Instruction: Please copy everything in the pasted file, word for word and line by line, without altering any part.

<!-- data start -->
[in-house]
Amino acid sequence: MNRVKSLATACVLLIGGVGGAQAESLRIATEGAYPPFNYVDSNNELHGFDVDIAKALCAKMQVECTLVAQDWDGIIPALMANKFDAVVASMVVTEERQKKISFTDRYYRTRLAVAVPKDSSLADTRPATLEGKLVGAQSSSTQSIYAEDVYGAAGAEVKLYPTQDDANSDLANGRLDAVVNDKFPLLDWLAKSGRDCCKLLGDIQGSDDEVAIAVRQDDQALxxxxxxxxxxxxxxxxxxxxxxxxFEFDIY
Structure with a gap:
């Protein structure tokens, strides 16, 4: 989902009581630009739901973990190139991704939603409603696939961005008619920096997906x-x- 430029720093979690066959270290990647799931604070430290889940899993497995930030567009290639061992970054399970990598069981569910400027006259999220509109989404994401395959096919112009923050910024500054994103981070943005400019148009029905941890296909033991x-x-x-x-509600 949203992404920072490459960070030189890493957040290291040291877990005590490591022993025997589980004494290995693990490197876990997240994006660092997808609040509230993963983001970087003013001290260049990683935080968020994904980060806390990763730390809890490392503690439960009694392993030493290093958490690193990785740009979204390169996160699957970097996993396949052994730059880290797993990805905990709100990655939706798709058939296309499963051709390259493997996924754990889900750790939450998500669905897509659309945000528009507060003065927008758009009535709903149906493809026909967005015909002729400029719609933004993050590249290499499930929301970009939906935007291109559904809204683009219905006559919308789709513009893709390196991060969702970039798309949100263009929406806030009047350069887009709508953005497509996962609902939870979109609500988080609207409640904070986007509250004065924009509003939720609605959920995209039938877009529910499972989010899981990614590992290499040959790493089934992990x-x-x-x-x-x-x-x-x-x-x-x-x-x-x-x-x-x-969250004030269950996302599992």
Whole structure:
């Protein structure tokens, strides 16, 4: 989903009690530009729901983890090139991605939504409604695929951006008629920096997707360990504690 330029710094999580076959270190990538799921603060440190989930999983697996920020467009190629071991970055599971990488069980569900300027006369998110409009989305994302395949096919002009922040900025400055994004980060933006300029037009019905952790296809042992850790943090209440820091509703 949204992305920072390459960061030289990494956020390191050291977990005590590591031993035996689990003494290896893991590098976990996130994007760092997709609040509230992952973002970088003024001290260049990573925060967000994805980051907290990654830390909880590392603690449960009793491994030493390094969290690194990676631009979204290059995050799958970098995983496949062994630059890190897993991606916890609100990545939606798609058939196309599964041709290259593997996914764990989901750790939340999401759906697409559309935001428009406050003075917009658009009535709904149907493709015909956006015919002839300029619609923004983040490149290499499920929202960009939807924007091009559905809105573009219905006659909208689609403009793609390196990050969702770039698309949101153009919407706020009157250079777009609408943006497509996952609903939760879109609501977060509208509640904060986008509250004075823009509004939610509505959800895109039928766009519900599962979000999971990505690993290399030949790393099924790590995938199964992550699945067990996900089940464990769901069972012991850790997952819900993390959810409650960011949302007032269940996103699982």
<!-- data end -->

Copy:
[in-house]
Amino acid sequence: MNRVKSLATACVLLIGGVGGAQAESLRIATEGAYPPFNYVDSNNELHGFDVDIAKALCAKMQVECTLVAQDWDGIIPALMANKFDAVVASMVVTEERQKKISFTDRYYRTRLAVAVPKDSSLADTRPATLEGKLVGAQSSSTQSIYAEDVYGAAGAEVKLYPTQDDANSDLANGRLDAVVNDKFPLLDWLAKSGRDCCKLLGDIQGSDDEVAIAVRQDDQALxxxxxxxxxxxxxxxxxxxxxxxxFEFDIY
Structure with a gap:
């Protein structure tokens, strides 16, 4: 989902009581630009739901973990190139991704939603409603696939961005008619920096997906x-x- 430029720093979690066959270290990647799931604070430290889940899993497995930030567009290639061992970054399970990598069981569910400027006259999220509109989404994401395959096919112009923050910024500054994103981070943005400019148009029905941890296909033991x-x-x-x-509600 949203992404920072490459960070030189890493957040290291040291877990005590490591022993025997589980004494290995693990490197876990997240994006660092997808609040509230993963983001970087003013001290260049990683935080968020994904980060806390990763730390809890490392503690439960009694392993030493290093958490690193990785740009979204390169996160699957970097996993396949052994730059880290797993990805905990709100990655939706798709058939296309499963051709390259493997996924754990889900750790939450998500669905897509659309945000528009507060003065927008758009009535709903149906493809026909967005015909002729400029719609933004993050590249290499499930929301970009939906935007291109559904809204683009219905006559919308789709513009893709390196991060969702970039798309949100263009929406806030009047350069887009709508953005497509996962609902939870979109609500988080609207409640904070986007509250004065924009509003939720609605959920995209039938877009529910499972989010899981990614590992290499040959790493089934992990x-x-x-x-x-x-x-x-x-x-x-x-x-x-x-x-x-x-969250004030269950996302599992």
Whole structure:
């Protein structure tokens, strides 16, 4: 989903009690530009729901983890090139991605939504409604695929951006008629920096997707360990504690 330029710094999580076959270190990538799921603060440190989930999983697996920020467009190629071991970055599971990488069980569900300027006369998110409009989305994302395949096919002009922040900025400055994004980060933006300029037009019905952790296809042992850790943090209440820091509703 949204992305920072390459960061030289990494956020390191050291977990005590590591031993035996689990003494290896893991590098976990996130994007760092997709609040509230992952973002970088003024001290260049990573925060967000994805980051907290990654830390909880590392603690449960009793491994030493390094969290690194990676631009979204290059995050799958970098995983496949062994630059890190897993991606916890609100990545939606798609058939196309599964041709290259593997996914764990989901750790939340999401759906697409559309935001428009406050003075917009658009009535709904149907493709015909956006015919002839300029619609923004983040490149290499499920929202960009939807924007091009559905809105573009219905006659909208689609403009793609390196990050969702770039698309949101153009919407706020009157250079777009609408943006497509996952609903939760879109609501977060509208509640904060986008509250004075823009509004939610509505959800895109039928766009519900599962979000999971990505690993290399030949790393099924790590995938199964992550699945067990996900089940464990769901069972012991850790997952819900993390959810409650960011949302007032269940996103699982």